A Federated EMC Rolls Out Products to Support Hybrid CloudsBy Eric Lundquist | Print
NEWS ANALYSIS: At its EMC World conference, the company talked up its revised corporate structure and new products aimed at helping enterprises make the transition to hybrid clouds.
Is it EMC's technology or the organization that's evolving? You could find proponents of both arguments at this week's EMC World technology conference May 5-8 in Las Vegas.
EMC, the mothership, has been partially spinning off companies with the goal of aligning itself with the social, mobile and cloud trends rattling through the enterprise space. Now, the trick is to reassemble VMware, Pivotal, RSA and the re-energized pieces of EMC without hindering the individual companies and while offering products and services to its big enterprise customers that are striving to compete with agile startups that are Web-savvy from the get-go.
The theme of this year's event is "Redefine," and that is exactly what the traditional tech vendors and their customers need to accomplish or risk being the Digital Equipment Corp. (which was held up in a couple of presentations here as a stellar tech company that fell off the cliff) of the current era.
Jeremy Burton, the newly promoted president of products and marketing for EMC's core information infrastructure business, described the federated model as "alignment on strategy but free to operate independently."
That alignment will be important as EMC strives to provide a software-driven technology architecture that automates provisioning for server, storage and network resources while providing the development environment geared to agile, mobile and cloud-based applications.
Last year's EMC World was based largely on promises that the company was going to catch up to the mobile, social, cloud world unfolding for big Web-scale companies and adroit startups. This year's conference was more about delivering on the promises. The need to deliver was underscored by customer stories regarding the requirement for a tool set to match the nimble startups.
The list of new products and services introduced at this year's show is long. But most of them buttressed EMC's claim that the hybrid model for enterprise computing melding on-premises services with public services is the model that most of the larger enterprises will adopt. The EMC strategy seems firmer than rivals IBM and Microsoft, which continue to redefine their cloud offerings.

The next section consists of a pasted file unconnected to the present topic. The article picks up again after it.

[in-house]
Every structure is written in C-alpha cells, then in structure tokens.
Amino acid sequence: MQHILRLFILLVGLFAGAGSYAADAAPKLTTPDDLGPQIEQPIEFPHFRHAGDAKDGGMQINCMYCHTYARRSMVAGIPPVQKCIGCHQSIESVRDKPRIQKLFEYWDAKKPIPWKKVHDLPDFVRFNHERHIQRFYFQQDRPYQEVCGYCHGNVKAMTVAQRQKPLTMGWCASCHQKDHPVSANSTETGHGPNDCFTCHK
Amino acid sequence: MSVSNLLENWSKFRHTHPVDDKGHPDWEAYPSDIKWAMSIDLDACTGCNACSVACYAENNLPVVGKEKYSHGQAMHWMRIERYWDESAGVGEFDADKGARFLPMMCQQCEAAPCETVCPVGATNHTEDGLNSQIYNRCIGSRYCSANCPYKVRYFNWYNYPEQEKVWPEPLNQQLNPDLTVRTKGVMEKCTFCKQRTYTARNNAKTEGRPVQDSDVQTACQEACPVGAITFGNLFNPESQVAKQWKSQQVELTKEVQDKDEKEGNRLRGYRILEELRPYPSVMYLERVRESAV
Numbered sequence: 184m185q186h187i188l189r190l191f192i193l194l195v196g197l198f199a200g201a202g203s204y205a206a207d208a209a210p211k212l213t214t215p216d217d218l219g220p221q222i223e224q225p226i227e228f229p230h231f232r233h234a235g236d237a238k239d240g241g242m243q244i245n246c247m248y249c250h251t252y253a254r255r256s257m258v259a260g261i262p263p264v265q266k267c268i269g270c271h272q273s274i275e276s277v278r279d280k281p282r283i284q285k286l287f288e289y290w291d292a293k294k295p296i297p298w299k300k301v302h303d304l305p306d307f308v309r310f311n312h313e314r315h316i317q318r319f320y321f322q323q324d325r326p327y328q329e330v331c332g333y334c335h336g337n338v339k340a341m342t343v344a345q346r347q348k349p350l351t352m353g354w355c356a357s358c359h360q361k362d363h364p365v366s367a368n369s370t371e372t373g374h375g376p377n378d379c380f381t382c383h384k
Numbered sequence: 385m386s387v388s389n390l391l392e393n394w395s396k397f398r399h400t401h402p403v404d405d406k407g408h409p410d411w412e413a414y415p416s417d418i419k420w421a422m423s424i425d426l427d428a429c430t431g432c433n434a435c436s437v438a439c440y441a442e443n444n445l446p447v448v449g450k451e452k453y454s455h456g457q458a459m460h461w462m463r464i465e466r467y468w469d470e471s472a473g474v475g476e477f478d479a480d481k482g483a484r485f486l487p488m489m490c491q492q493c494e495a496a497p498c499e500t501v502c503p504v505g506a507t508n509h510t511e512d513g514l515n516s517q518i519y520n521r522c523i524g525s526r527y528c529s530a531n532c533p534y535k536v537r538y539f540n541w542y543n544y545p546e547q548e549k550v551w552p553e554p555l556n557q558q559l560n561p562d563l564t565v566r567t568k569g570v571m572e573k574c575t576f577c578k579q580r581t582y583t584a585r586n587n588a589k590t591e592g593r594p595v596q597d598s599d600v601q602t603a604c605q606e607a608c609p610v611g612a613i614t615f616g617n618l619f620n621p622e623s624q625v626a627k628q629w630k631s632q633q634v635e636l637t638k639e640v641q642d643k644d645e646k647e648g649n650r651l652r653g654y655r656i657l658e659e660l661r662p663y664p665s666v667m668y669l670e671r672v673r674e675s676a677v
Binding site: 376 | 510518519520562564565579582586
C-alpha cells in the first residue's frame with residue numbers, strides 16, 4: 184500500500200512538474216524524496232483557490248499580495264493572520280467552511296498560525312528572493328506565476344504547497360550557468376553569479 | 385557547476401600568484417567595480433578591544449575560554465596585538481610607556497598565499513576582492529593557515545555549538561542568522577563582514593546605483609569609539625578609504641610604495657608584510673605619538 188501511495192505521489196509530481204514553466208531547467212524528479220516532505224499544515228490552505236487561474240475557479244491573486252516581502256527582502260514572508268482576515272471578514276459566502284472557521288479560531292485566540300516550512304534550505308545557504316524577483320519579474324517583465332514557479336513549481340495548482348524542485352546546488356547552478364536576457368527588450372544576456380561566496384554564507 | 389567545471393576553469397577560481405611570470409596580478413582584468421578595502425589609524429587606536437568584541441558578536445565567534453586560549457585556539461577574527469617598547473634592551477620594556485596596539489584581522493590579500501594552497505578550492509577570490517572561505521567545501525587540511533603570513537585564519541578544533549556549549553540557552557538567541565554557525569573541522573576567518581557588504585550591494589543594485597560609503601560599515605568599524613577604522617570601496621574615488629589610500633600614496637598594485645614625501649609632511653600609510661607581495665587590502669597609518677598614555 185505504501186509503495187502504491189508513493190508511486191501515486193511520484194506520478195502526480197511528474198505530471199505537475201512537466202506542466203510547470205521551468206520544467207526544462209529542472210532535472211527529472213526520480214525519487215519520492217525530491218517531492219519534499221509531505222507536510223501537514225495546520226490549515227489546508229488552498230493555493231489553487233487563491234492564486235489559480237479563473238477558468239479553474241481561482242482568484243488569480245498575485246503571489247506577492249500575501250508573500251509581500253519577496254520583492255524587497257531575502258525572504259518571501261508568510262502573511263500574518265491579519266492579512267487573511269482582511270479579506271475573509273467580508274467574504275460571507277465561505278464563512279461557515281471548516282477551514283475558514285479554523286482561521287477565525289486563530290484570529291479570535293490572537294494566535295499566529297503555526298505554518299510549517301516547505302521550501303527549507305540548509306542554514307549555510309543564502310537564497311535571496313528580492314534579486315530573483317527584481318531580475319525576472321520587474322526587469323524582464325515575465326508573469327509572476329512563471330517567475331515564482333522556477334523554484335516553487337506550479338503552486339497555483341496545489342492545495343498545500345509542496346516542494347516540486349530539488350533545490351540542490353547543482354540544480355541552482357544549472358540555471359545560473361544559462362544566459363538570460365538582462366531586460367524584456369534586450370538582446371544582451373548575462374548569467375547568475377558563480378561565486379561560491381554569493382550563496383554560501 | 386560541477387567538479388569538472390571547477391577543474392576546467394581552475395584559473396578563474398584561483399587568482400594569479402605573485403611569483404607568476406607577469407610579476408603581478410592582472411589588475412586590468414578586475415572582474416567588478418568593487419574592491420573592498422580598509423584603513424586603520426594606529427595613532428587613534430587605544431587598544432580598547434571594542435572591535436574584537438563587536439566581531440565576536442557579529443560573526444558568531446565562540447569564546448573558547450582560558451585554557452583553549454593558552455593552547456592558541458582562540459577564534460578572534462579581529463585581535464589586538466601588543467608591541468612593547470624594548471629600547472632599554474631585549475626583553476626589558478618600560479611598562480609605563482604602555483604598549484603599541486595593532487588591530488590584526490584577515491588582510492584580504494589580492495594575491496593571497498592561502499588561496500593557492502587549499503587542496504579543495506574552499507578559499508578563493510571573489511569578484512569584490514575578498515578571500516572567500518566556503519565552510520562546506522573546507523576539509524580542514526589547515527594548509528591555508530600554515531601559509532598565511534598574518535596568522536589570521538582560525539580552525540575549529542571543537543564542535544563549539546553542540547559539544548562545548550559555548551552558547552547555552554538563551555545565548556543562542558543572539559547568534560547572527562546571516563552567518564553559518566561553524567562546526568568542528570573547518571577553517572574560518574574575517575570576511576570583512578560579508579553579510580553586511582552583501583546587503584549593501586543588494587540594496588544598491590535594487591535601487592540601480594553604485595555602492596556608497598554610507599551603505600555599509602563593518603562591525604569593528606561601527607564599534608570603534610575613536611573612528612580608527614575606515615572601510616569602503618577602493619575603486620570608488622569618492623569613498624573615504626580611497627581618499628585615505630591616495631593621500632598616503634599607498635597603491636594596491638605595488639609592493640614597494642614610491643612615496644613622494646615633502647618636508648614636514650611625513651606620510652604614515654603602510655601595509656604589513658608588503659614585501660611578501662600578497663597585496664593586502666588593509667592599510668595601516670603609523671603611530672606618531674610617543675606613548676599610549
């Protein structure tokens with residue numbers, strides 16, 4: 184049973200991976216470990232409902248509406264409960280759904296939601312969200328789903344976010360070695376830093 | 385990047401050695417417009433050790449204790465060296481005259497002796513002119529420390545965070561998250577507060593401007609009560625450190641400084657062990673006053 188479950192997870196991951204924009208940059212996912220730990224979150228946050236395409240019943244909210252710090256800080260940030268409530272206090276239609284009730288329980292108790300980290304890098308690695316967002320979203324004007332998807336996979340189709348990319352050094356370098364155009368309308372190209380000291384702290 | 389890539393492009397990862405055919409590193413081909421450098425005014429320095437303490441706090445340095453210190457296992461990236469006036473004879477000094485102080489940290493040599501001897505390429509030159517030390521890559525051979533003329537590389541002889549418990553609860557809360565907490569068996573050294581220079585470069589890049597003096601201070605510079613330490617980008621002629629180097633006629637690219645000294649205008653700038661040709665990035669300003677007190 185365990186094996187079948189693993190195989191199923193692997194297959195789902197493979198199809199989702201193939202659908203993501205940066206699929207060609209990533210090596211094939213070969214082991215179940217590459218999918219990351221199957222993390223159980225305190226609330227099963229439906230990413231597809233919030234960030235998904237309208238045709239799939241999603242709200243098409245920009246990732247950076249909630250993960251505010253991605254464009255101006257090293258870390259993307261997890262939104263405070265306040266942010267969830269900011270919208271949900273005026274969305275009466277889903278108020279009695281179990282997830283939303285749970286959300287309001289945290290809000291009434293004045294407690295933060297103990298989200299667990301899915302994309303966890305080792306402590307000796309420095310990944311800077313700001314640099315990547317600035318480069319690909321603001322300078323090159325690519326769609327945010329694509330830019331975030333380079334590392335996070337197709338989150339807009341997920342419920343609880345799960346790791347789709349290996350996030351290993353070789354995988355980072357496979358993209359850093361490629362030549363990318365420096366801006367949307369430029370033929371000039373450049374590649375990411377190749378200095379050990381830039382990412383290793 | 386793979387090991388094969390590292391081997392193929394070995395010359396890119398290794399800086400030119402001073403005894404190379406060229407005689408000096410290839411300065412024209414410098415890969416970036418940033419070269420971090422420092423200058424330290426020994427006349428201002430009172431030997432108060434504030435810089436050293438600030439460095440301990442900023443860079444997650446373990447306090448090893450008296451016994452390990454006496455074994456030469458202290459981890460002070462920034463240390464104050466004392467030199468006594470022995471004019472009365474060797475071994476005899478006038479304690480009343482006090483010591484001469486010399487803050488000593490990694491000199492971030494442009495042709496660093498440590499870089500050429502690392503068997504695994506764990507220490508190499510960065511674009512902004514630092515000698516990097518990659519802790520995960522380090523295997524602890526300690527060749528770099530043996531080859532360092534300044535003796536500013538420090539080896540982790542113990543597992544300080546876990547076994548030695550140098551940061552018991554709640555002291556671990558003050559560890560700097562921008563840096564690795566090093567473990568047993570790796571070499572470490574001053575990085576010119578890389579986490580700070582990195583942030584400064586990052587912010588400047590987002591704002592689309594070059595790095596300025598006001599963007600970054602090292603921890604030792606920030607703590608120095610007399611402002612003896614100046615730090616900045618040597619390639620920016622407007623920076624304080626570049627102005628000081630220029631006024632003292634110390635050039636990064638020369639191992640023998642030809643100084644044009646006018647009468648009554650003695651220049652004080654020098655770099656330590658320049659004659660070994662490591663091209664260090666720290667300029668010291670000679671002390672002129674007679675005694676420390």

The product introductions at EMC World included the Product Nile on-premises cloud storage appliance renamed the Elastic Cloud Storage appliance. EMC notes its appliance is based on commodity storage devices and claims that the appliance approach in larger configurations offers up to a 28 percent total cost of ownership advantage over Amazon's and Google's public cloud storage offerings. The appliance uses the new version of EMC's ViPR storage control and data plane management.
The company also acquired the secretive flash storage startup DSSD founded by Andy Bechtolsheim, co-founder of Sun Microsystems. The acquisition adds to EMC's solid-state memory offerings even as the company claims it sold more than 17 petabytes of flash capacity in the 2014 first quarter.
Aligning the product and service sets of VMware, Pivotal, RSA and EMC is a substantial undertaking, but EMC has a strong record of successful acquisitions. EMC's buyout of VMware in 2004 is widely seen as one of the most successful corporate acquisitions in the technology industry.
In discussing the EMC federation, Burton said the combination of the companies' services will help spur an essential restructuring of the role of corporate IT departments. Restructured IT departments will be able to accomplish four goals: provide access to all applications and data through mobile devices; use agile development to build new customer-centric applications; create a "data lake" to deliver greater corporate insights in real time; and enable the transition to a software-defined data center that's been transformed into a hybrid cloud capable of using outside services, but also able to respond to the new evolving security threat landscape.
Eric Lundquist is a technology analyst at Ziff Brothers Investments, a private investment firm. Lundquist, who was editor-in-chief at eWEEK (previously PC WEEK) from 1996-2008, authored this article for eWEEK to share his thoughts on technology, products and services. No investment advice is offered in this article. All duties are disclaimed. Lundquist works separately for a private investment firm, which may at any time invest in companies whose products are discussed in this article and no disclosure of securities transactions will be made.